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Mol Cell. 2013 Sep 12;51(5):594-605. doi: 10.1016/j.molcel.2013.08.014.

Bacterial argonaute samples the transcriptome to identify foreign DNA.

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Division of Biology, California Institute of Technology, 147-75, 1200E California Boulevard, Pasadena, CA 91125, USA; Institute of Molecular Genetics, Russian Academy of Sciences, Kurchatov Square 2, Moscow 123182, Russia.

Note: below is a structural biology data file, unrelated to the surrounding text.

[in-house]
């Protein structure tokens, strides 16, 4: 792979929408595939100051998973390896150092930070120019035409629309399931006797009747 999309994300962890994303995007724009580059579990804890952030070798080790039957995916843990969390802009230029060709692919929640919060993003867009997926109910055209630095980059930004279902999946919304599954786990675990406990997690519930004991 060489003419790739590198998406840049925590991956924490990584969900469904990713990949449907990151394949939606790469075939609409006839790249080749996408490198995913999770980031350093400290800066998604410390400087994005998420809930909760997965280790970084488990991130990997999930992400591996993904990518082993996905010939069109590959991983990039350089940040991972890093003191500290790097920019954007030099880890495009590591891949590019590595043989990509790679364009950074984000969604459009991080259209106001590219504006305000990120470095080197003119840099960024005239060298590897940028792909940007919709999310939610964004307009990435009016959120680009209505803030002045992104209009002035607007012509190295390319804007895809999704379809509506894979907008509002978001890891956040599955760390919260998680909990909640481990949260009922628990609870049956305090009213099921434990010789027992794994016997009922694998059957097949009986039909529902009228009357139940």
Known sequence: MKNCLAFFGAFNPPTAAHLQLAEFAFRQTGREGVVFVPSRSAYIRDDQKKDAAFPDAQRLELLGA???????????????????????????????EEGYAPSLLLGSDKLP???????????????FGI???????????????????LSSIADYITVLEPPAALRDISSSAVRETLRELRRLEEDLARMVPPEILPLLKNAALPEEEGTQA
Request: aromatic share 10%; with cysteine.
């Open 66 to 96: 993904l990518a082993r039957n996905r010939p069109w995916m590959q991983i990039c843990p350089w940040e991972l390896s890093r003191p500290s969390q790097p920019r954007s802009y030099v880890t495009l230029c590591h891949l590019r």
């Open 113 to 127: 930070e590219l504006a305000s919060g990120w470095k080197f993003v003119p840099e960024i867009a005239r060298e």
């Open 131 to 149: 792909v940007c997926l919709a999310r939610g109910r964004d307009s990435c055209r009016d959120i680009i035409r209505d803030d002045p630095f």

Eukaryotic Argonautes bind small RNAs and use them as guides to find complementary RNA targets and induce gene silencing. Though homologs of eukaryotic Argonautes are present in many bacteria and archaea, their small RNA partners and functions are unknown. We found that the Argonaute of Rhodobacter sphaeroides (RsAgo) associates with 15-19 nt RNAs that correspond to the majority of transcripts. RsAgo also binds single-stranded 22-24 nt DNA molecules that are complementary to the small RNAs and enriched in sequences derived from exogenous plasmids as well as genome-encoded foreign nucleic acids such as transposons and phage genes. Expression of RsAgo in the heterologous E. coli system leads to formation of plasmid-derived small RNA and DNA and plasmid degradation. In a R. sphaeroides mutant lacking RsAgo, expression of plasmid-encoded genes is elevated. Our results indicate that RNAi-related processes found in eukaryotes are also conserved in bacteria and target foreign nucleic acids.

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